I generally tend to invest in very liquid ETF’s with significant AUM’s. Those ETF’s do not close because they are profitable for the issuers. In the rare cases where they are not, the fees might be increased a bit (I have not seen an example of this). So for the vast majority of ETF’s, especially the ones that I personally recommend, this is not something that would happen.
That being said, some ETF’s do end up closing, especially in the past few months. Why? The biggest reason is that a big part of an ETF’s success is “first to market”. ETF’s like SPY and EEM are not the cheapest (the best) but they were there first, have tremendous names and liquidity. Knowing that, ETF issuers tend to launch dozens of ETF’s as experiments. They will try them out, see how well they do and can close them down if those end up not working. Some issuers resist the idea but others see it as part of the business.
When An ETF Closes
The issuer will do a few things.
-It will send out a press release announcing the closing
-It will advise all shareholders of the closing date (generally several weeks later)
Between the moment the shareholder finds out about the closing and when it actually occurs, shareholders will have 2 choices:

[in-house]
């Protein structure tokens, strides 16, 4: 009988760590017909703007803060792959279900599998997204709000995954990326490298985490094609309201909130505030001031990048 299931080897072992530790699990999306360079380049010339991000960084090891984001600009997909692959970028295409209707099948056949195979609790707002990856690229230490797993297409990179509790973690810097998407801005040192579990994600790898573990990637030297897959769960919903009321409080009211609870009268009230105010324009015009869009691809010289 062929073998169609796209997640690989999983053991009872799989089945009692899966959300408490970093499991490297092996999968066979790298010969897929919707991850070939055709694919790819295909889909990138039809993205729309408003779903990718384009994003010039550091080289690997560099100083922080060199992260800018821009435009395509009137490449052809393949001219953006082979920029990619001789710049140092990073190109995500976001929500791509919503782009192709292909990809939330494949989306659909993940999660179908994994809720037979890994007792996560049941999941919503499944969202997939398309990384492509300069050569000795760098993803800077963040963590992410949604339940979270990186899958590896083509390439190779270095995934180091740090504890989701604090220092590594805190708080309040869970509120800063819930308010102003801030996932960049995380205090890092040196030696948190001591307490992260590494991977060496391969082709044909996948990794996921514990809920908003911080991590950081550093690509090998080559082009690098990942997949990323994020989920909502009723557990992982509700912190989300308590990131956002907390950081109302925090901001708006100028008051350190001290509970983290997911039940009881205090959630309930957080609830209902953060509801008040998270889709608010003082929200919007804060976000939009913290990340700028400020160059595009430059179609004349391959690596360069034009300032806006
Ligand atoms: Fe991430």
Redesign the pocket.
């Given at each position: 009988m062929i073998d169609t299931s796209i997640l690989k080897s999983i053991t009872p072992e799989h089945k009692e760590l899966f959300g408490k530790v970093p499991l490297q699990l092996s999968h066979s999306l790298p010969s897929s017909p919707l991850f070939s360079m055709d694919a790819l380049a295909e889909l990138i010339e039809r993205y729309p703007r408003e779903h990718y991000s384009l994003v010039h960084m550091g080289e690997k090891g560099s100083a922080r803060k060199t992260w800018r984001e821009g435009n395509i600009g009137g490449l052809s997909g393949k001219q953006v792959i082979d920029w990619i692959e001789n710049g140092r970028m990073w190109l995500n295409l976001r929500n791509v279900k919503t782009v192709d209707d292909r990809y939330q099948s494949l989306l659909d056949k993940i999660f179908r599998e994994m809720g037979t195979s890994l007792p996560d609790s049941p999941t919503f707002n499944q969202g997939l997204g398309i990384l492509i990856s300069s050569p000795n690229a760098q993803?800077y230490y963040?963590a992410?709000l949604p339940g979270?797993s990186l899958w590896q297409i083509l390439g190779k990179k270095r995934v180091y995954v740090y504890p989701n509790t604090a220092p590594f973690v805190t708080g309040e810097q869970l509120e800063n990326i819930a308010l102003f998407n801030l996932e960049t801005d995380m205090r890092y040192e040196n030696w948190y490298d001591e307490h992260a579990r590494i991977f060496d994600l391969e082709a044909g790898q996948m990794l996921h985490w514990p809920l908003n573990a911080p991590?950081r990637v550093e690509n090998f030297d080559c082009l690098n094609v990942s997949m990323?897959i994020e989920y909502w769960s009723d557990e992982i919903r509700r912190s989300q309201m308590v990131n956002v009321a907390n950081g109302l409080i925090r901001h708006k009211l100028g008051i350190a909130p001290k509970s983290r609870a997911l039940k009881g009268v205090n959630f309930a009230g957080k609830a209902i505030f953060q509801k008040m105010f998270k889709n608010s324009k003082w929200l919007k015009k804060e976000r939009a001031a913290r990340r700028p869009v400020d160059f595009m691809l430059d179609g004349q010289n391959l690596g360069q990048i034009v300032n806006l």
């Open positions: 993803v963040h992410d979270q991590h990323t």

-sell those units in the market: this can work well but it’s better to be careful. Why? Because once a fund announces it is closing, the market makers might not be able or willing to offer fair markets. If the spread remains small, chances are that you are good to go
-wait until it closes: Once a fund closes, the issuer will buy back the units from you at the actual value or NAV (net asset value) so a few days later you will receive the money.
One thing to pay attention to: In some rare instances, issuers will decide to merge a closing fund into another more successful ETF. That would perhaps be a good alternative but you’ll have to verify the new ETF (description, index, fees, etc)
In The End
It’s not the end of the world by any means if an ETF that you own ends up closing. That being said, it’s still a good idea to make sure you know what’s going on when you get such a notice to avoid bad surprises.